People are tending to realize now that version control and issue tracking are more closely related. Distributed version control seems to win over a centralized one, but issue tracking still works in a centralized model. There are two typical questions we want to answer
- which issue was fixed by commit X
- which commit(s) fixed issue Y
You can dismiss them saying, just include the issue id in each commit message. This is what some integrated applications say, too, Trac, for example. But it becomes more difficult if we have different development branches. Suppose, we just released version 1.0 without fixing the Big Annoying Bug. Now, having more time, we fixed it in the 1.1 branch and change its status to resolved. A new developer on the old branch checks the central bug tracker, and expects that Big Bug to be gone, only to find out it’s gone only in the new branch.
You can say, no problem, have a field in the bug tracker to record in which version it was fixed. This approach forces you to break the DRY principle, and enter the version information already stored in your VCS. Furthermore, it doesn’t eliminate discrepancies in minor ad-hoc branches.
The stance Fossil takes is to store both commits, and tickets in the same repository (actually, an sqlite database), but handle them separately. If you change a ticket, no commit is required, the source remains unchanged. The other approach used Ditz, B, BugsEverywhere, or Artemis is to store them as simple files in the source tree and let the VCS handle them. They use different text formats (YAML, plain text, mailbox) but the idea is the same, if you add a ticket, a new text file is generated somewhere in a
.bugs directory. It gets added to version control, but you have to commit it. When you update a branch, the issues in it will show their real state, Big Bug is open 1.0, resolved in 1.1.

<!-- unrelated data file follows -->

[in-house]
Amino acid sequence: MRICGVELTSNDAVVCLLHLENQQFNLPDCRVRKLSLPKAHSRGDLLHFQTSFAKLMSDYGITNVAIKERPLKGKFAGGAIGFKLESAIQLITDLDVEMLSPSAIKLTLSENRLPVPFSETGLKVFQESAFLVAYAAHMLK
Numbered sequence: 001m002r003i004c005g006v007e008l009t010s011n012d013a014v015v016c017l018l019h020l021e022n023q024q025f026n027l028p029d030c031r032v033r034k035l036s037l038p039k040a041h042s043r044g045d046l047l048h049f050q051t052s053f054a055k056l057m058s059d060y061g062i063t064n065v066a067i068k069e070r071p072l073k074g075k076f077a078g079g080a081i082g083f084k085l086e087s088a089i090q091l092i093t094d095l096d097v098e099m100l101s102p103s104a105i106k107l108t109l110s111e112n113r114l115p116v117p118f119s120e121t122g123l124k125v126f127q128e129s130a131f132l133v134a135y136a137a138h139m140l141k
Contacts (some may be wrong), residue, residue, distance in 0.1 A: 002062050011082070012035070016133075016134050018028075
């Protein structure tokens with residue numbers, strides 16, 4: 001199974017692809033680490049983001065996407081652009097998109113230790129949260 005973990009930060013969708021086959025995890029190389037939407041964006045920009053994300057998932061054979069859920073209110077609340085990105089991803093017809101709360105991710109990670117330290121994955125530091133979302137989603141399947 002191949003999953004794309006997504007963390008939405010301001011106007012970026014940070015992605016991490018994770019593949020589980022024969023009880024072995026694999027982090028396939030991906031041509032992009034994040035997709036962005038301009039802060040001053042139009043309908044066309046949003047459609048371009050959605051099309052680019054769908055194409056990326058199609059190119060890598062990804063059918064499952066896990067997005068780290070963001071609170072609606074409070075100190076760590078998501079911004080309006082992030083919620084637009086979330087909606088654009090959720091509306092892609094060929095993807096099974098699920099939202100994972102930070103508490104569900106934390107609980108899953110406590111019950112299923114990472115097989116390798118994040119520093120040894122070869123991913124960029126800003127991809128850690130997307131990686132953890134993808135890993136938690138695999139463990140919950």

I think it’s one step closer, but it’s not really integrated yet. Here is my list of assumptions about and expectations from an integrated issue tracker,
- Each commit belongs to an issue, there is no commit just by itself.
- An issue may have more commits that contributed to its resolution.
- There may special, “maintenance” issues that never get closed, like “Clean up indentation” or “Re-organize modules to simplify things”.
- Adding a new ticket should be commited by itself, not mixed with code changes.
- If more tickets are changed (e.g. by a tester), they should be commited separately, not mixed with code changes.
- It should be easy to just fix a ticket, and an automatic commit message gets generated.
- Whenever it can be inferred from a commit which issue it contributed to (because the issue was changed, too), the issue id should be automatically appended to the commit message.
- It should be easy to answer the two basic questions mentioned above.
- Added bonus if it can communicate with widely used, traditional bug tracking systems.
There are more promissing candidates, but we not there yet.